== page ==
This New York meeting of law firms and NGOs created a “war room” with a rapid response team to direct coordinated social media and media campaigns, set up activist front groups, coordinate (buy) scientists and develop a wide range of legal weaponry to put ExxonMobil out of business. As a reminder, this is a meeting of tort lawyers strategising on how to sue a company out of existence. The NGOs in the room were merely their pawns … useful idiots with hate in abundance to jump through the Predatorts’ hoops.
Two months before the Rockefeller Family Fund meeting, the New York State District Attorney subpoenaed ExxonMobil for documents that could indict them for racketeering (in attempting to withhold evidence to shareholders that their product was contributing to climate change). One of the speakers in both La Jolla and New York, Matt Pawa, was actively behind the New York District Attorney’s move; his law firm was a pioneer in anti-industry global warming litigation. Since then, similar charges have been made across other districts and states in the US.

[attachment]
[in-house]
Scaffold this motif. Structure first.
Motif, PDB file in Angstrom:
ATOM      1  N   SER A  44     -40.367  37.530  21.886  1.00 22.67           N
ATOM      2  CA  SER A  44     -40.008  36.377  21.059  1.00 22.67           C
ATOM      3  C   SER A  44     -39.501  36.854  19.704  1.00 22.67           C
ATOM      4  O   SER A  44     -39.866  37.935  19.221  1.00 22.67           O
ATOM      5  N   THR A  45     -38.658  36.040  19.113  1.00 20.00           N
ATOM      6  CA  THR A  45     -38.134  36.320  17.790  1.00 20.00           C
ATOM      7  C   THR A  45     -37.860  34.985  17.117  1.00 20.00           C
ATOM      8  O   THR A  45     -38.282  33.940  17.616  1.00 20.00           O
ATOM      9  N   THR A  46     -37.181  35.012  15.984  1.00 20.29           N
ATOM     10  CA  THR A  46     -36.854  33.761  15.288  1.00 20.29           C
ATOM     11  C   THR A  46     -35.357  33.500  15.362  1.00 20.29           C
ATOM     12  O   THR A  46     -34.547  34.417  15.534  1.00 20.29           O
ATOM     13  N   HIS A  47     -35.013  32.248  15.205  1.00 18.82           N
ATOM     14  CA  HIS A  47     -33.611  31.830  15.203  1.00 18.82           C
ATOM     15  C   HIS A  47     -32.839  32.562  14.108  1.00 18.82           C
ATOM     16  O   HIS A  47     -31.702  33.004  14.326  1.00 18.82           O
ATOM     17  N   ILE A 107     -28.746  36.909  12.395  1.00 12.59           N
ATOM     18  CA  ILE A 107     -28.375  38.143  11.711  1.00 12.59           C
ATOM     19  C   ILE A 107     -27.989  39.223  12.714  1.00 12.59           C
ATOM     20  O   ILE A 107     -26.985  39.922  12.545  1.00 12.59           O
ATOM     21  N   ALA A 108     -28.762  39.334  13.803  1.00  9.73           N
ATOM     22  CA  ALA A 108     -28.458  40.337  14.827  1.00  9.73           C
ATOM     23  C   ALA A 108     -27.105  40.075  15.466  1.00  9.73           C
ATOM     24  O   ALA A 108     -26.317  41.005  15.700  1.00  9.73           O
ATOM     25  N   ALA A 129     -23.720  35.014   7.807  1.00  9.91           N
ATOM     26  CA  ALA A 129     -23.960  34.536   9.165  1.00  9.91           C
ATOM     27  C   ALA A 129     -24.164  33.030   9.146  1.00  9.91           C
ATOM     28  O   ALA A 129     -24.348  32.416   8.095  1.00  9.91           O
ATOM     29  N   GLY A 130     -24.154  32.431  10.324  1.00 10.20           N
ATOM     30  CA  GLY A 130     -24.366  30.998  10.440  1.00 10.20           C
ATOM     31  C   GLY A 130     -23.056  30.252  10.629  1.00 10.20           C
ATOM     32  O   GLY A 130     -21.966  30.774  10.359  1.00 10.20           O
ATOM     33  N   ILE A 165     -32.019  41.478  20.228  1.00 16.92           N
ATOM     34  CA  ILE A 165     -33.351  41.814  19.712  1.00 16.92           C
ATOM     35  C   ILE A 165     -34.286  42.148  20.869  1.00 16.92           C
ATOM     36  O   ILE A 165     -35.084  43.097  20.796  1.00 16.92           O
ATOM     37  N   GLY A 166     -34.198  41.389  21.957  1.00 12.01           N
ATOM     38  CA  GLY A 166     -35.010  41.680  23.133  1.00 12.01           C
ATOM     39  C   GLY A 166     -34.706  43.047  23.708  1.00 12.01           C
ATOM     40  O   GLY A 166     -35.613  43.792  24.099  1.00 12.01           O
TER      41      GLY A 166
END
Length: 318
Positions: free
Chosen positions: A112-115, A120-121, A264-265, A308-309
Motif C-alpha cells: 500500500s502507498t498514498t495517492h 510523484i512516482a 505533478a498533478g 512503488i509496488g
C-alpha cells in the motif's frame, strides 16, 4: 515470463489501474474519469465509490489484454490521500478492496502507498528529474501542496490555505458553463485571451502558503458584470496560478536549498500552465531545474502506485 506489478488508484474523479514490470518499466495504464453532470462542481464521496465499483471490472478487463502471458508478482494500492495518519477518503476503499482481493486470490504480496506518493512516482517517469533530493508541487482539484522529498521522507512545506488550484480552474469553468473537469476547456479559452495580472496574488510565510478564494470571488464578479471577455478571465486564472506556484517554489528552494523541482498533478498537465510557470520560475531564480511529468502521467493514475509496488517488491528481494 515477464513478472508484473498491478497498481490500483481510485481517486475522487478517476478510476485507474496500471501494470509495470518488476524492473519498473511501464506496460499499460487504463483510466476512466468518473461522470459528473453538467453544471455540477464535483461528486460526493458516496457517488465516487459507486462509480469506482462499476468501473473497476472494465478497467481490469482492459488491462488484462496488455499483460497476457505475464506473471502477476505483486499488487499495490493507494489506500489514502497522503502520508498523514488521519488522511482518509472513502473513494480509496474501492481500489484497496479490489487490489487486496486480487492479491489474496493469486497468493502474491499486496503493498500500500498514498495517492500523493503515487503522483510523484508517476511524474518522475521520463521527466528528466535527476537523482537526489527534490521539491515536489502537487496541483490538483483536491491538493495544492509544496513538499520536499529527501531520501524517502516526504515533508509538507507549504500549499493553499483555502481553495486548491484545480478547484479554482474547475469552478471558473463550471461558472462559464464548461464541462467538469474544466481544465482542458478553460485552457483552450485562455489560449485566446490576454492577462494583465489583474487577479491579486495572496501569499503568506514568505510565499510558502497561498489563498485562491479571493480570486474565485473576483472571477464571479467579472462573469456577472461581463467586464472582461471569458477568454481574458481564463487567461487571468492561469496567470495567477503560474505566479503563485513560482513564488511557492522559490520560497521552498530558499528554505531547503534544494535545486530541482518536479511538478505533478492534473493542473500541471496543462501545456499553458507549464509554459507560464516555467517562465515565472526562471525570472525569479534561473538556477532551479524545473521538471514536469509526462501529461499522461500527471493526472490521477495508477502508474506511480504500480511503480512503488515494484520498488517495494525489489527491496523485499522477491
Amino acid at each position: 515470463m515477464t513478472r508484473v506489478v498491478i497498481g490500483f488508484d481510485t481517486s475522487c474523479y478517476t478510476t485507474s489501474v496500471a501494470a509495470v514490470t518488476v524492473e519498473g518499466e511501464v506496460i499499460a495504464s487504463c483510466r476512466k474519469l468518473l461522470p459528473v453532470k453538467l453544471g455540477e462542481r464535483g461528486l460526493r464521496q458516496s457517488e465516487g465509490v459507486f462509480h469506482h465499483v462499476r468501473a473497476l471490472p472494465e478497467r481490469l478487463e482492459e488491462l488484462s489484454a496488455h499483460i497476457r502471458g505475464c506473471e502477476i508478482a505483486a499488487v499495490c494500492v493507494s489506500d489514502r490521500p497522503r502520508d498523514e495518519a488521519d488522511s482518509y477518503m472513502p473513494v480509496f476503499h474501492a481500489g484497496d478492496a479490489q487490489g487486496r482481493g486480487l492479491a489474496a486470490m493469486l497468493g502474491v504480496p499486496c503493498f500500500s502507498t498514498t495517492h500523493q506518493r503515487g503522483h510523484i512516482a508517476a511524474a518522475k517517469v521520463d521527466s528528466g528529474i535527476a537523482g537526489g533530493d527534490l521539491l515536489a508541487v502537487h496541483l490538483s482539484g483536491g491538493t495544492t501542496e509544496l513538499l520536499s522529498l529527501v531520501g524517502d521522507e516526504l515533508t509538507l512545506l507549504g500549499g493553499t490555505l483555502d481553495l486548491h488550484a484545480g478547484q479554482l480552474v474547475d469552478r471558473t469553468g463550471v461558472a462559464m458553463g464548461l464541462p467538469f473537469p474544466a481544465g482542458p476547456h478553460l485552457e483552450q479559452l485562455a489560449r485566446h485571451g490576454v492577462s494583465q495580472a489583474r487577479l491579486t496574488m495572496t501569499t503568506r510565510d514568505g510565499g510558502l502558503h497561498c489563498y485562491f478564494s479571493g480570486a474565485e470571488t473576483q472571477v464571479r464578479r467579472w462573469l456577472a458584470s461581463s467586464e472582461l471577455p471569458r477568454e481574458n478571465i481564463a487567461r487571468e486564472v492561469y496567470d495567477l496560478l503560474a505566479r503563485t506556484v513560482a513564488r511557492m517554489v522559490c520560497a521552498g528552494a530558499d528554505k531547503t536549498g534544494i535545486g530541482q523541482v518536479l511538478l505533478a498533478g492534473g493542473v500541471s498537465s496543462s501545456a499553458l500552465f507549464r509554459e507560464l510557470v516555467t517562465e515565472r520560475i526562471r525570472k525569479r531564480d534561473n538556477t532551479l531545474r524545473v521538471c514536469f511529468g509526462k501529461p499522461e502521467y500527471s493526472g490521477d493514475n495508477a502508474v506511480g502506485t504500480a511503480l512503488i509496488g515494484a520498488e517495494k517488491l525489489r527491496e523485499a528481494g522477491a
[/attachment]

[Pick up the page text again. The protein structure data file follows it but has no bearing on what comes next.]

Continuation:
It is understood that law firms suing the oil companies for global warming (on behalf of the “people”?) will be receiving around 23% of the settlements … 23% on billions of dollars would plant a lot of trees to reduce climate change (… but I suspect these law firms would buy a few more private jets instead). ExxonMobil is hitting back, deposing all of the participants at the La Jolla conference. In learning how to convert algae into energy, ExxonMobil knows a thing or two about slime.